Family and Spousal Adaptation to Transitioning a Traumatic Event
Death of a spouse was found to be one of the most stressful life experiences as exemplified in the Life Events Scale (Holmes and Rahe 1967). Randy Pausch entered our lives in September 2007. Randy, his wife and family too were facing a stressful life transition and he provided a model for all of us through his personality and through his masterful skill as a teacher at Carnegie Mellon University. His final lecture was titled by him “How to Live Your Childhood Dreams.” Professor Randy Pausch is not like most people. He is a special person to share a message for the living that this previously unknown computer scientist delivered through a remarkable lecture to his students at Carnegie Mellon University in Pittsburgh. Thanks to the wonders of today’s technology, the hour-long speech did not fade into the Ethernet, but has been heard by millions of us around the world. He was speaking through that lecture to his wife, his children, his students and a world community about his life’s journey and the lessons he had learned on that journey. Most of all he was speaking to the children that he loved and to provide them with the guidance he wanted to share as a dad as they grew up. One recalls that he ended his last lecture with a couple of confessions. The lecture wasn’t really about how to achieve one’s dreams. It was about how to live one’s life. His message to these three children was to “lead your lives the right way and the karma will take care of itself”; the dreams will come to you. This author and editor contacted him and was grateful for his kind response to the inspirational guidance that had been shared. It was September 21 and a world community learned from him on the evening news. He provided lessons for life. These lessons are summarized elsewhere. Randy Pausch, a 47-year-old computer science professor at Carnegie Mellon University, was suffering from terminal pancreatic cancer. He has been on palliative chemotherapy which targets its efforts in slowing the growth of the tumors that had formed in his pancreas and elsewhere. The chemotherapy worked for a while until the side effects began causing congestive heart and renal failure, resulting in his hospitalization. Randy returned home and decided to stop the palliative chemotherapy intended to extend his short lifespan for as long as possible. Pancreatic cancer is the fourth-deadliest type of carcinoma. It takes the lives of 75% of those who have it within a year. Only 4% live as long as 5 years. The impact on family, spouse and children is significant and the transitions that they face are often difficult for them.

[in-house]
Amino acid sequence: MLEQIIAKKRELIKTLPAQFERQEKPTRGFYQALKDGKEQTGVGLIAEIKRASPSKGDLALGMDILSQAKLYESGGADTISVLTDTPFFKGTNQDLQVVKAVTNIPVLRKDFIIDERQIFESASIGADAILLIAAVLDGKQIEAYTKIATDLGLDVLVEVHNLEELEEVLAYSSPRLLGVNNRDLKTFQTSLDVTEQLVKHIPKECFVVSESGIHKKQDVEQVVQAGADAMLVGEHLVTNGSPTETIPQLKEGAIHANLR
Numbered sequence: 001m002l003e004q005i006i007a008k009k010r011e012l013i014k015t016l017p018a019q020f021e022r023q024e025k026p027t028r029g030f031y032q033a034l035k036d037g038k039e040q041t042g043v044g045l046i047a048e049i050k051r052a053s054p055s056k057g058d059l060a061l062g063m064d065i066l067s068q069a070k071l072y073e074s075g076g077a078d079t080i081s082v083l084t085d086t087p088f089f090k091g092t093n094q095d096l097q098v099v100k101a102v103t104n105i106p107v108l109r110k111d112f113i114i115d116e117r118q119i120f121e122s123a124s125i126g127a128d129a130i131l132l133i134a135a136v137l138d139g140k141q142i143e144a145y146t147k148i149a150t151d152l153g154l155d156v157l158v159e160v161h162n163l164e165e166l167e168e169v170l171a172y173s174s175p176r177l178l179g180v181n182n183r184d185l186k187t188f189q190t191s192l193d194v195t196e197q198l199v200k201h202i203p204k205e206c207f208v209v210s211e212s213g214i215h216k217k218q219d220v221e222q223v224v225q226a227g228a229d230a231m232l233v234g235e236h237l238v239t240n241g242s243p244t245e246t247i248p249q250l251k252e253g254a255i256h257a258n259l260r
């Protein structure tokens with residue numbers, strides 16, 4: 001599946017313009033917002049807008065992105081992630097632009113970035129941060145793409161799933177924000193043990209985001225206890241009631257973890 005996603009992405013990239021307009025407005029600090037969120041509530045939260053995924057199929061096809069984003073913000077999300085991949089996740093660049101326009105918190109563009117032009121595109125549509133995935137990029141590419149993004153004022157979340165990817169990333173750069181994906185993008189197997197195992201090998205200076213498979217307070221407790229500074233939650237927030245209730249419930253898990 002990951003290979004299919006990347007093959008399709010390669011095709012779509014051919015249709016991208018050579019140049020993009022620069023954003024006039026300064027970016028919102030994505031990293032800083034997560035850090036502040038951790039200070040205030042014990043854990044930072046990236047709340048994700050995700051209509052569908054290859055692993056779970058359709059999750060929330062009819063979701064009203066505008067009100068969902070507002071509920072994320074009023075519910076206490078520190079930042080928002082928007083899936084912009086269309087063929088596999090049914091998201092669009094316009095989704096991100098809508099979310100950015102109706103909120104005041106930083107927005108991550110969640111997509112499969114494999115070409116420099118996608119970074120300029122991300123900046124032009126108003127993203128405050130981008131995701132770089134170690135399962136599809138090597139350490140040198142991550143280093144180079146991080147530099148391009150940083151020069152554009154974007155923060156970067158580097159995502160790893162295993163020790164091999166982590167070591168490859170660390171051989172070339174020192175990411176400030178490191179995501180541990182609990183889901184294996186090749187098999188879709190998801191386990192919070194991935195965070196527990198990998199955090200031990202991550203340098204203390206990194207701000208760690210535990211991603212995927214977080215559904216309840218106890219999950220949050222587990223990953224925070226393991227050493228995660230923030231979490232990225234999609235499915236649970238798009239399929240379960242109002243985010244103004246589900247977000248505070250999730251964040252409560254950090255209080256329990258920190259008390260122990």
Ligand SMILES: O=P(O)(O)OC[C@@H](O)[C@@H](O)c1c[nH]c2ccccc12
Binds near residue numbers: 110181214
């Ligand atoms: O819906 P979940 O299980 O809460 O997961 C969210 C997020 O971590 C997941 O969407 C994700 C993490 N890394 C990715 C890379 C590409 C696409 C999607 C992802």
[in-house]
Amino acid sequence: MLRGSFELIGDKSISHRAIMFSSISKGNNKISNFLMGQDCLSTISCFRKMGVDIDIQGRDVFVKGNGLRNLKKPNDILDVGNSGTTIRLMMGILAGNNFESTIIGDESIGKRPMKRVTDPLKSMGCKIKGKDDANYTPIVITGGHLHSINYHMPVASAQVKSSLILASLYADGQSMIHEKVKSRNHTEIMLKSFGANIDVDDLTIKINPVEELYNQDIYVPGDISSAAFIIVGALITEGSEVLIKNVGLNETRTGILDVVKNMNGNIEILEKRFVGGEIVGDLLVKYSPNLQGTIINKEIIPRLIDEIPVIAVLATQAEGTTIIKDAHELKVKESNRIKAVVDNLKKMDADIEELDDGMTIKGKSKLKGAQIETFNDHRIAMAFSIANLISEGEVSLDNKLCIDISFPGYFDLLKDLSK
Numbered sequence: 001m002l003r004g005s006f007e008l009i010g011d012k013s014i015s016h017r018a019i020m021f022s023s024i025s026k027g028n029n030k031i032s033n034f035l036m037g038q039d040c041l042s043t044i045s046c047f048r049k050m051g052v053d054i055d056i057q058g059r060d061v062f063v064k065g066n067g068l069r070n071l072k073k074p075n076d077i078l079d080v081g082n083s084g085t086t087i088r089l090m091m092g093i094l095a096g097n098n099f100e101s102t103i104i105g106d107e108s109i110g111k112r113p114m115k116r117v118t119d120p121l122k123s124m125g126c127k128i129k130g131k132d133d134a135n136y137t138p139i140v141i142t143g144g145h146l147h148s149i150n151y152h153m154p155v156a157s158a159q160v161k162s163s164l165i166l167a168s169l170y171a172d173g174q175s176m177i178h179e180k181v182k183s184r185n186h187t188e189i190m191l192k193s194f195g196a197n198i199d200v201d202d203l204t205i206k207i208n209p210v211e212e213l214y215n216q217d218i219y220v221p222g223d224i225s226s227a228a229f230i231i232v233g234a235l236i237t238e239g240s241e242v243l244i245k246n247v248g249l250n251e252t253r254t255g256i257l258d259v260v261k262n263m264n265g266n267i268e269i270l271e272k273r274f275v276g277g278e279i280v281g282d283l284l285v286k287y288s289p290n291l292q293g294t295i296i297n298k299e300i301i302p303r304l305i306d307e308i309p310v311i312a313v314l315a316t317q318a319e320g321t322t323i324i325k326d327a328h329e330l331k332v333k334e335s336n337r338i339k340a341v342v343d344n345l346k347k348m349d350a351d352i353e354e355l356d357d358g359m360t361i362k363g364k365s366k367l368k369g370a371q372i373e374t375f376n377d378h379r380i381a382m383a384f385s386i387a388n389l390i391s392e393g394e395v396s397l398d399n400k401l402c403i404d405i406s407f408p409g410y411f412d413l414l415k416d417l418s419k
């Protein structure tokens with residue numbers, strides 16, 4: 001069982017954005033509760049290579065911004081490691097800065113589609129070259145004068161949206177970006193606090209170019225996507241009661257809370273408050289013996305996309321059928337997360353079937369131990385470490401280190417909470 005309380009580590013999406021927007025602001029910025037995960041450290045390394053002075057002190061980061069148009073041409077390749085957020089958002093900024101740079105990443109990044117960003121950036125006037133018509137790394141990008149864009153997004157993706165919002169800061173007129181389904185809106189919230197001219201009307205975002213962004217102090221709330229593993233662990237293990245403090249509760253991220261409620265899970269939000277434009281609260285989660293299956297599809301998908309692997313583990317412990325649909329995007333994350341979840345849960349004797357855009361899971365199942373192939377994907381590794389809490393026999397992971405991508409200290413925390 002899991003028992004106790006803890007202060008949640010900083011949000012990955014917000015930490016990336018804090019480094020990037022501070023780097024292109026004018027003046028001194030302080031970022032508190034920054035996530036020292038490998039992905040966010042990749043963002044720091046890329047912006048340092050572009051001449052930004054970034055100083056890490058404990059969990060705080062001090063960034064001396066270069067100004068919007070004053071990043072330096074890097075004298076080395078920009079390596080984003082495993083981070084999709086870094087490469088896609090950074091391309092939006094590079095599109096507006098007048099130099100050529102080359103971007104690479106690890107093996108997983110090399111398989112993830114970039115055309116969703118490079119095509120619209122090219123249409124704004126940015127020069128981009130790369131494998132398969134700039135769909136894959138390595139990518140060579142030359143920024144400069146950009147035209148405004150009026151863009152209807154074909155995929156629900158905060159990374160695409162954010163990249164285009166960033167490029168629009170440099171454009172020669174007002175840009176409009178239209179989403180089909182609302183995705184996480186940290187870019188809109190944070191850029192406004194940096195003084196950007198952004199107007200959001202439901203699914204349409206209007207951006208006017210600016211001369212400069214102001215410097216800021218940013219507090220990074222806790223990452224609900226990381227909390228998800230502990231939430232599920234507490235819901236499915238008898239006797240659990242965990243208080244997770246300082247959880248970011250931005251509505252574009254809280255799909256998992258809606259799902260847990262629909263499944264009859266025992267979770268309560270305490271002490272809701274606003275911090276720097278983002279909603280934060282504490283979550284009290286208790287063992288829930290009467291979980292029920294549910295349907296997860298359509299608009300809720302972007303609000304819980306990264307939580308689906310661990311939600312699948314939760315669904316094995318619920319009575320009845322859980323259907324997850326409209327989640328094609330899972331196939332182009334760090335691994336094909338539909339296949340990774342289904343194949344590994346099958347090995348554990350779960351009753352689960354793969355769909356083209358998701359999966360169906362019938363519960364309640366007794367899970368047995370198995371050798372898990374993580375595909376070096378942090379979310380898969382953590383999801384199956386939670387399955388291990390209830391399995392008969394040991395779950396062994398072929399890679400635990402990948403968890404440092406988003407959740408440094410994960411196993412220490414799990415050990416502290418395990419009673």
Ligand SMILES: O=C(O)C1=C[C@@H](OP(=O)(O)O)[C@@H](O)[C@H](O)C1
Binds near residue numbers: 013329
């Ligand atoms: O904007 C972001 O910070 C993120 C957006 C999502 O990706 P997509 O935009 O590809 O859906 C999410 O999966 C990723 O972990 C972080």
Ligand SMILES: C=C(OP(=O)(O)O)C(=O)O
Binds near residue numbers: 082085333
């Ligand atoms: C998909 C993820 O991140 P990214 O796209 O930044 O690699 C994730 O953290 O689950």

The purpose and scope of this chapter is to address the transition faced by the spouse and family who face major changes in their wife or husband as a result of a debilitating injury and loss due to a spectrum of causes. Examined are a multiplicity of issues which have been recognized through clinical research and experience as relevant to the spouse who is physically disabled. Specific issues related to life change events, their applicability to personality theory and recent clinical research are explored. Finally, issues in the treatment of the spouse who is physically disabled and family members are explored.
KeywordsRehabilitation Process Traumatic Experience Combat Veteran Vocational Rehabilitation Service Life Change Event
Appreciation is extended to Robert F. Kraus M.D, Walter Penk PhD., Tag Heister LLB, College of Medicine University of Kentucky, Deborah Kessler, Department of Veterans Affairs and Jill Livingstone LLB, Library Science; Department of Psychiatry, University of Connecticut for their assistance in the preparation of this manuscript.
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